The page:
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Campus Life

‘Building Doctors’ Deliver Energy Savings

Recommissioning team members Drew Benfield (left) and Ray Lambert test a low-voltage control panel in Engineering Building I.

Speed isn’t everything in the race to reduce NC State’s energy use. In fact, the latest innovation in the campus energy-saving toolbox shows that slow and steady can also win the cost-saving race.

On a campus with buildings dating from 1889 and energy-intensive labs conducting groundbreaking research, inefficiencies in heating, ventilation and air conditioning systems are bound to occur. Since 2012, NC State’s recommissioning program has saved $525,000 in annual energy costs by sleuthing out those energy inefficiencies one building at a time.

“I call our team ‘building doctors’ because we fix problems as we find them and educate occupants about how to better use their building,” says engineering technician Chris Young, a member of the four-person recommissioning team.

Adam Renzi, a facility mechanical engineer and recommissioning team leader, performs air balancing in Engineering Building I.
Adam Renzi, a facility mechanical engineer and recommissioning team leader, performs air balancing in Engineering Building I.

Through comprehensive HVAC audits and repairs, the recommissioning team identifies malfunctioning equipment, temperature control issues, systemic operational problems and opportunities for energy efficiency improvements.

“We look at the space as it’s being used and try to optimize the HVAC system so it can be used in the most efficient manner,” says George Smith, an automation engineer with the Building Maintenance and Operations unit that started the recommissioning team in 2012 as a pilot program.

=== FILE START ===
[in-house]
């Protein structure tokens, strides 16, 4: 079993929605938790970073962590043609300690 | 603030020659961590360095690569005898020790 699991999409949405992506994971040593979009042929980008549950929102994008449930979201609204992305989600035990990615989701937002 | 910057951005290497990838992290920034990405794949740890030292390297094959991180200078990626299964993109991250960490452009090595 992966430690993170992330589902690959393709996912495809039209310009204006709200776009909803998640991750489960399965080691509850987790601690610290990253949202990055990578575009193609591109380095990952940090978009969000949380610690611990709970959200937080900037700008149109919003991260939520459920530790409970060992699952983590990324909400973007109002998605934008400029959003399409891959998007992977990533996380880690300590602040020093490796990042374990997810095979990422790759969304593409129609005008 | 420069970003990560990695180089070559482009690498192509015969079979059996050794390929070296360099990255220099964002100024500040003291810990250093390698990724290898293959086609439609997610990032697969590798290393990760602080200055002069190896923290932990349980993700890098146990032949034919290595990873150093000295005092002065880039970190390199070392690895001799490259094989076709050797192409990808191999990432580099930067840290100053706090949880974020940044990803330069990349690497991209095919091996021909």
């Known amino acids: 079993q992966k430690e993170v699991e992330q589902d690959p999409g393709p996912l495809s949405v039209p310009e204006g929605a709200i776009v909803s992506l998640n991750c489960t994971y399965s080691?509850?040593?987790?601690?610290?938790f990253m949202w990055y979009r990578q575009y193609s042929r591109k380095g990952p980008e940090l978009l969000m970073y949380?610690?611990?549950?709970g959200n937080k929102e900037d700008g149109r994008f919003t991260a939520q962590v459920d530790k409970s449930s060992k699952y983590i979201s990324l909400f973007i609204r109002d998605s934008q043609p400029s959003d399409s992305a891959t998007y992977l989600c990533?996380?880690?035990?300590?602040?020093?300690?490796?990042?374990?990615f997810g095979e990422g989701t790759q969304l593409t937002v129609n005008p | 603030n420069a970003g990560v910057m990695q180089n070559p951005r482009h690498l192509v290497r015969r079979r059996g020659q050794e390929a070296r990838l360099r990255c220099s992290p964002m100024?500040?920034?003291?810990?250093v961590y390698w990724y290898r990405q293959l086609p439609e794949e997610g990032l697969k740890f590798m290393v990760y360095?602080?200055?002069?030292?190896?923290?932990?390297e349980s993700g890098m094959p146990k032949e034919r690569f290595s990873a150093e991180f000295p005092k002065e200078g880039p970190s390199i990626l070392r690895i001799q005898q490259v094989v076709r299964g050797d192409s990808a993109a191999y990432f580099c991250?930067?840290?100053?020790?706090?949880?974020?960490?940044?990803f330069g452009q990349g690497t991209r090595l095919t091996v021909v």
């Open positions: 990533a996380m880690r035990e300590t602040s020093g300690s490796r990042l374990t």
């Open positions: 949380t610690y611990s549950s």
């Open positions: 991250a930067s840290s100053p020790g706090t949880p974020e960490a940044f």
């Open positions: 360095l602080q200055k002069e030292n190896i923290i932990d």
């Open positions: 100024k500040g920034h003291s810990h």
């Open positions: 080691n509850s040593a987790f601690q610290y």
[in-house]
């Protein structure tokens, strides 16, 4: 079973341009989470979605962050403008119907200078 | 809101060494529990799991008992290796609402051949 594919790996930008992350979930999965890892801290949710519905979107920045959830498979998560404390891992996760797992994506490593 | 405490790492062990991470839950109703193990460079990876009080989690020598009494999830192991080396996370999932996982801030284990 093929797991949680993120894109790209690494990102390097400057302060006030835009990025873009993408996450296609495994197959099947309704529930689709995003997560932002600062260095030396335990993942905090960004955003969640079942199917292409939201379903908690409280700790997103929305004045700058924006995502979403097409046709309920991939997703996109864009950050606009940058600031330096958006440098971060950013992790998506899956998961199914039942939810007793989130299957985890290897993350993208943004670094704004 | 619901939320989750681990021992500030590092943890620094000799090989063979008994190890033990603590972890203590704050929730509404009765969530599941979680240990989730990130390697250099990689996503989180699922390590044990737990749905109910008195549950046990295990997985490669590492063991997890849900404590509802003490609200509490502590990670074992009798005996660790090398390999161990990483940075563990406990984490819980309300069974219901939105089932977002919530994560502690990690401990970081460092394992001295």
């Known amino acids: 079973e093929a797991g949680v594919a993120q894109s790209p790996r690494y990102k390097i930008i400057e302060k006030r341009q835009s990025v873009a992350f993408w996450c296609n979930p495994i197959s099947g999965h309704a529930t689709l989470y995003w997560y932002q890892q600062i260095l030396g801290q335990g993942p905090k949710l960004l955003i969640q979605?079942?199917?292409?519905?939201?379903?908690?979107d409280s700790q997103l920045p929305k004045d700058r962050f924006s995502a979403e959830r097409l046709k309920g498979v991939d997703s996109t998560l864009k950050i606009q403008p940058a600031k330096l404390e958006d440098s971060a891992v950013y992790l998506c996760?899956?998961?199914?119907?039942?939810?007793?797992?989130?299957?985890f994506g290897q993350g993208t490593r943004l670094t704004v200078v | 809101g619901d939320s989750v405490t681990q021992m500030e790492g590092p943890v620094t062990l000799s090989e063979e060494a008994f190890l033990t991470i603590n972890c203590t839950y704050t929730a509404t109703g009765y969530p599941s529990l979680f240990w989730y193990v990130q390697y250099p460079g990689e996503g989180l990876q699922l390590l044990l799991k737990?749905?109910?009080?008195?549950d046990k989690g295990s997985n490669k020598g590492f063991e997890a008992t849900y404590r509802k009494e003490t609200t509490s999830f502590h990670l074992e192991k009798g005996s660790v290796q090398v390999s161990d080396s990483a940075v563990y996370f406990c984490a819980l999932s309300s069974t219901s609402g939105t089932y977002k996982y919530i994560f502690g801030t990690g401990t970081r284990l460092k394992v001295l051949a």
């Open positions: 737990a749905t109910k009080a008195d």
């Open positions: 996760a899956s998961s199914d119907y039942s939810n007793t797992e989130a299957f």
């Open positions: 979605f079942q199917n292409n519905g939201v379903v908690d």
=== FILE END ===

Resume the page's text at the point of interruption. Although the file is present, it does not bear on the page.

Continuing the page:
It’s not uncommon for the team to work for several months in one building, discovering problems that may have existed since the building was constructed. In one research building, a systemic mechanical problem required redesign and replacement of the entire pumping system.

“Even though we spent a lot of money, it didn’t take long to get that back in energy savings,” Smith says. “Once these problems were fixed, the building performed so much better.”

Payback on recommissioning, including the associated repairs, has averaged less than 18 months with some buildings posting nearly 35 percent reductions in energy use per square foot. And even though the focus is energy savings, water savings typically are an added benefit. While recommissioning one building, a 2,000-gallon-per-day leak in a HVAC cooling tower was discovered and repaired.

“Over time, mechanical systems fail. But because we recommission, we find these problems sooner rather than later,” Smith says.

In order to maximize results, the team strategically selects from buildings that have digitally controlled HVAC systems and above-average energy use.  Based on the success so far, the facilities division is looking at ways to increase commissioning team capacity to tackle more of the top priorities within the 350-building campus inventory.

“Those buildings are the biggest bang for the buck,” Smith says. “If we have two buildings with high energy use, we’ll choose the one where energy use is increasing.”

Occupants in the six recommissioned buildings thus far on campus — Leazar Hall, Withers Hall, Mary Anne Fox Teaching Lab, David Clark Labs, Partners II and Engineering Building I — also benefit from improved indoor air quality and temperature control as a result of recommissioning.